"Bishops covered this up, and in the last 10 months we've seen four scathing grand jury reports," he told a plenary session of conference participants.

"There is no moral authority until we deal with this," Baier added. "The church has no right to talk about pro-life, genetic engineering, poverty and euthanasia until we get this right," he said. "I don't know what to tell my 5-year-old daughter. What am I supposed to tell her? Do what bishops say, not what they do?"

Support for survivors was a key focus of the day. "Keep the faith, change the law," said Mark Serrano, a national board member of the Survivors Network of those Abused by Priests, or SNAP.

"Any child who endured sexual assault deserves recourse to justice in a courtroom no matter how long ago the crime took place," said SNAP's Ben Cotton.

His remarks referred to stalled efforts in New Jersey state legislature to create a one-year window in the state's statute of limitations and to remove the charitable immunity cap protection -- both proposed changes in the law for cases involving the sexual molestation of a minor.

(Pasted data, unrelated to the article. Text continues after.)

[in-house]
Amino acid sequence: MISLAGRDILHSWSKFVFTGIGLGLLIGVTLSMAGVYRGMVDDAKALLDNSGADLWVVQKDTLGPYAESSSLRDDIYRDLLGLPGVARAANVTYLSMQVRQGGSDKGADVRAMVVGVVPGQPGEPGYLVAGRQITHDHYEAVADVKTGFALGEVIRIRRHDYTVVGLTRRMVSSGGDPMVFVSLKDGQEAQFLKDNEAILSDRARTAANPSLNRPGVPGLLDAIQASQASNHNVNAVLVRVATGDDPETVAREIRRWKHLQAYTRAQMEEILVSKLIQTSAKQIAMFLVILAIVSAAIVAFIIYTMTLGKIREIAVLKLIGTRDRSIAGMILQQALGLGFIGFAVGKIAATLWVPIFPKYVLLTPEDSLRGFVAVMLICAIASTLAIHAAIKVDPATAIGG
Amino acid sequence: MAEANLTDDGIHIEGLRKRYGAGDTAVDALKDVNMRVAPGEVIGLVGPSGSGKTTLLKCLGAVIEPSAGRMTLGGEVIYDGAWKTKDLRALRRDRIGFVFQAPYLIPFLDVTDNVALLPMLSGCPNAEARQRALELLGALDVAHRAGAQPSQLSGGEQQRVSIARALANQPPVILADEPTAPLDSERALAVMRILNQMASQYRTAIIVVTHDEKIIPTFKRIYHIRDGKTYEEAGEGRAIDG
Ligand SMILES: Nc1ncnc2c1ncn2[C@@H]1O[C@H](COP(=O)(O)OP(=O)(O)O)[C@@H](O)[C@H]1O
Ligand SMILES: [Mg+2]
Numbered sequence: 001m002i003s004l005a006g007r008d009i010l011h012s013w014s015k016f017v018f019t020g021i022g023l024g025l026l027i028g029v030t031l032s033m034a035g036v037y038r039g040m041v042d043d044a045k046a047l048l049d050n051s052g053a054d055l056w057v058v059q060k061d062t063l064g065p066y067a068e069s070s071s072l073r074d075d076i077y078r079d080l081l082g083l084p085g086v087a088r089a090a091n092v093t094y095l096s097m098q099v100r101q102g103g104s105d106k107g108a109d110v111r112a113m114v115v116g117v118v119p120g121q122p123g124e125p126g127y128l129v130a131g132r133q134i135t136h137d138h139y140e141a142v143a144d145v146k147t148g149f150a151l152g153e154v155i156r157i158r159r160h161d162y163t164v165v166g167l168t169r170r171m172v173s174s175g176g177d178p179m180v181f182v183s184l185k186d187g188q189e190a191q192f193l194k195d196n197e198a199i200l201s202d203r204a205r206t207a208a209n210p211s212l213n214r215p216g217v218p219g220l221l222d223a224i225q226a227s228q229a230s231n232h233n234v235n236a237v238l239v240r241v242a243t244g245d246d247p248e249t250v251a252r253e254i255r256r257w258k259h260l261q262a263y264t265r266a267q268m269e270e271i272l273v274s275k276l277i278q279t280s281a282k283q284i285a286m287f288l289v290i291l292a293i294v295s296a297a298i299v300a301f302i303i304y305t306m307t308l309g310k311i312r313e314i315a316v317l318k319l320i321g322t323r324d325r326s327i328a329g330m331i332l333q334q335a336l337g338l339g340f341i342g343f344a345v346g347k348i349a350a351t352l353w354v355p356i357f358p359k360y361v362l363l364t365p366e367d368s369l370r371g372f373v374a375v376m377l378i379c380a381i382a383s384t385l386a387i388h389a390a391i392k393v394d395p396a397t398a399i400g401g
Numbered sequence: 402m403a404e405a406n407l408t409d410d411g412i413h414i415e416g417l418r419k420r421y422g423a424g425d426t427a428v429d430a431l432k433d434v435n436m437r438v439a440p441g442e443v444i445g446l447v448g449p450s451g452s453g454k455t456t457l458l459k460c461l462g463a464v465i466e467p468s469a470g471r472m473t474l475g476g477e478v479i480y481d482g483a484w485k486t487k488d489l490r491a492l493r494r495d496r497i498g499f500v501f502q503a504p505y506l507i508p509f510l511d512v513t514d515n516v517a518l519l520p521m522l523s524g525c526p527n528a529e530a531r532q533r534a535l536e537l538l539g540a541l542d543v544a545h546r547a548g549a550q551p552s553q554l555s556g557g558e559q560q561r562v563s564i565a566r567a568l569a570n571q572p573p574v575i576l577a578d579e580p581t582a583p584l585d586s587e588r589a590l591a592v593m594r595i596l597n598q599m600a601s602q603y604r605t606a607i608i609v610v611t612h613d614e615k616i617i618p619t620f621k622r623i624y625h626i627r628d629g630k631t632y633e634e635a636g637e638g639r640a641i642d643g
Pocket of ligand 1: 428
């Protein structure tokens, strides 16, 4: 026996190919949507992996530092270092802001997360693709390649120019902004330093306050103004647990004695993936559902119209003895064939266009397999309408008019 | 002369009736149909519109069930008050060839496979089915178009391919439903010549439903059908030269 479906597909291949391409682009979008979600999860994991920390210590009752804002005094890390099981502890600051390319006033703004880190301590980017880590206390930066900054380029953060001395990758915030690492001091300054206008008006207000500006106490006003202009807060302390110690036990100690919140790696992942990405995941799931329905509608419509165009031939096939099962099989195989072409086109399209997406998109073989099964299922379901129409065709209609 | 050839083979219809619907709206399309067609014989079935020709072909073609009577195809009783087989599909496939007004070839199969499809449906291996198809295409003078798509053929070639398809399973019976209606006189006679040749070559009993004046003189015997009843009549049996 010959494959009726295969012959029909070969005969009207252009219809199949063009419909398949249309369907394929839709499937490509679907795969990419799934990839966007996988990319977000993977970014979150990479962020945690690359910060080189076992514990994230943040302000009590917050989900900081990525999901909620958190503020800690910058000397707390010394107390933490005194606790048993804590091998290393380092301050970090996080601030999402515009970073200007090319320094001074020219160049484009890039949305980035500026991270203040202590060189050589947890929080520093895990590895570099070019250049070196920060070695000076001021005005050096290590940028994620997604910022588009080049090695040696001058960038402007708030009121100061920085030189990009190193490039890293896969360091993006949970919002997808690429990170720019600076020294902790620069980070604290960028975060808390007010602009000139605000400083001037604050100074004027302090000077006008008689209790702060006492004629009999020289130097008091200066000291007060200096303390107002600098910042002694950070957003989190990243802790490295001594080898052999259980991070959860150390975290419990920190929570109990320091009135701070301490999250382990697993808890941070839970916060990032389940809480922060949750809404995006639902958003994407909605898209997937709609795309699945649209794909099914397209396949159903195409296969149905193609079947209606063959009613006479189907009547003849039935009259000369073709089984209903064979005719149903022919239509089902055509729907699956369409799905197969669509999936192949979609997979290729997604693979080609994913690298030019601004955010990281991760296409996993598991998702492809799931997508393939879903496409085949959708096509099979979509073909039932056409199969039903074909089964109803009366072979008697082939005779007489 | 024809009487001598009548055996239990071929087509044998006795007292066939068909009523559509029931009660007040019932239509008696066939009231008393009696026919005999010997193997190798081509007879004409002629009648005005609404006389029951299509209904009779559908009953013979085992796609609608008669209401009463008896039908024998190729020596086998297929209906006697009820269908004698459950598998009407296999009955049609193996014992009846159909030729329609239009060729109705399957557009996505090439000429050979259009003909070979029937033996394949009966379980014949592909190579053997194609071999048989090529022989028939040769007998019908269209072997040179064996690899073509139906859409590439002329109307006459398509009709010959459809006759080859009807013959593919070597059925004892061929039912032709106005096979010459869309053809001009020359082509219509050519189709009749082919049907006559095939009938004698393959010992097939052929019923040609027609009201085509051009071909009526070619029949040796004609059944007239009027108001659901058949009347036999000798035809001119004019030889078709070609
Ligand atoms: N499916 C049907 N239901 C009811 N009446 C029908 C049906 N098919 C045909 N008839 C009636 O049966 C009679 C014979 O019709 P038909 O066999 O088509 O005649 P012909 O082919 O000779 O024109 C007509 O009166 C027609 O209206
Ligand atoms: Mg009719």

Cotton went on to explain that "recourse to justice" gives survivors like himself "a platform to heal," as well as giving "the leaders of the Catholic church an unmistakable incentive to protect today's children."

Another theme of the conference was empowering the laity to find its voice. "In the last two years, the church as people -- the church as you -- has been called to find your voice," said keynote speaker Eugene Kennedy, a noted psychologist, former priest, and author of The Unhealed Wound: The Church and Human Sexuality.

Asked Kennedy, "And now why do we raise a voice if not to affirm the age of hierarchically dividing persons or organizing churches is over, that the wholeness of good people who understand that they, not the buildings or the bishops are the church, demands that we reject forever the divided model that has caused so much sadness for so many on their human sojourn?"